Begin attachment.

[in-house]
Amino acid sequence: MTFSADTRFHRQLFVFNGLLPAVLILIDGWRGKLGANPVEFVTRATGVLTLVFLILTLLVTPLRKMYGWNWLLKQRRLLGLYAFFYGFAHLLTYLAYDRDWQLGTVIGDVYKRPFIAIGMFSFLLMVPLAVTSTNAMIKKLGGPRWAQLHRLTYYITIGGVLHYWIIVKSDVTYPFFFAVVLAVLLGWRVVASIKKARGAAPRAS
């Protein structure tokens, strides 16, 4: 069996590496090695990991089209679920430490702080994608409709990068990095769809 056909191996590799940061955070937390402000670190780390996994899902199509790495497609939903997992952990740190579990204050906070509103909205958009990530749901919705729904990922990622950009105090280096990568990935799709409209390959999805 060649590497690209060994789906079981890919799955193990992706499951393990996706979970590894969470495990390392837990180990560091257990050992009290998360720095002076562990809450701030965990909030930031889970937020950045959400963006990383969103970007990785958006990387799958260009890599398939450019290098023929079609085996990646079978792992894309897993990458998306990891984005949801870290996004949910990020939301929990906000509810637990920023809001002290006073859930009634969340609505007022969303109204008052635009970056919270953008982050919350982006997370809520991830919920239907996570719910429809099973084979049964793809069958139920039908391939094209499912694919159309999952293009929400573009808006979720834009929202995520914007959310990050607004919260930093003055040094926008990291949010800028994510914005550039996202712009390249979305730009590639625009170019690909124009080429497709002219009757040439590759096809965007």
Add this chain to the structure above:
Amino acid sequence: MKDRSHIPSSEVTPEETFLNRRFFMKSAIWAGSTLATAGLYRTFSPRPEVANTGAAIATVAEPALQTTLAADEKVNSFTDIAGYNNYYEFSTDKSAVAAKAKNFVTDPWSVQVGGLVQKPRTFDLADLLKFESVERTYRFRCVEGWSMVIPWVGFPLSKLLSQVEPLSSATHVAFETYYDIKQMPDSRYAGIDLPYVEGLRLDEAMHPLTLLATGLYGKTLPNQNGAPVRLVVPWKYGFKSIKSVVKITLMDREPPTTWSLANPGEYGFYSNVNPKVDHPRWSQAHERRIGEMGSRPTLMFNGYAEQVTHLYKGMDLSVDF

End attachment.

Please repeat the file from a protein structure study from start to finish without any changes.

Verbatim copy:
[in-house]
Amino acid sequence: MTFSADTRFHRQLFVFNGLLPAVLILIDGWRGKLGANPVEFVTRATGVLTLVFLILTLLVTPLRKMYGWNWLLKQRRLLGLYAFFYGFAHLLTYLAYDRDWQLGTVIGDVYKRPFIAIGMFSFLLMVPLAVTSTNAMIKKLGGPRWAQLHRLTYYITIGGVLHYWIIVKSDVTYPFFFAVVLAVLLGWRVVASIKKARGAAPRAS
């Protein structure tokens, strides 16, 4: 069996590496090695990991089209679920430490702080994608409709990068990095769809 056909191996590799940061955070937390402000670190780390996994899902199509790495497609939903997992952990740190579990204050906070509103909205958009990530749901919705729904990922990622950009105090280096990568990935799709409209390959999805 060649590497690209060994789906079981890919799955193990992706499951393990996706979970590894969470495990390392837990180990560091257990050992009290998360720095002076562990809450701030965990909030930031889970937020950045959400963006990383969103970007990785958006990387799958260009890599398939450019290098023929079609085996990646079978792992894309897993990458998306990891984005949801870290996004949910990020939301929990906000509810637990920023809001002290006073859930009634969340609505007022969303109204008052635009970056919270953008982050919350982006997370809520991830919920239907996570719910429809099973084979049964793809069958139920039908391939094209499912694919159309999952293009929400573009808006979720834009929202995520914007959310990050607004919260930093003055040094926008990291949010800028994510914005550039996202712009390249979305730009590639625009170019690909124009080429497709002219009757040439590759096809965007």
Add this chain to the structure above:
Amino acid sequence: MKDRSHIPSSEVTPEETFLNRRFFMKSAIWAGSTLATAGLYRTFSPRPEVANTGAAIATVAEPALQTTLAADEKVNSFTDIAGYNNYYEFSTDKSAVAAKAKNFVTDPWSVQVGGLVQKPRTFDLADLLKFESVERTYRFRCVEGWSMVIPWVGFPLSKLLSQVEPLSSATHVAFETYYDIKQMPDSRYAGIDLPYVEGLRLDEAMHPLTLLATGLYGKTLPNQNGAPVRLVVPWKYGFKSIKSVVKITLMDREPPTTWSLANPGEYGFYSNVNPKVDHPRWSQAHERRIGEMGSRPTLMFNGYAEQVTHLYKGMDLSVDF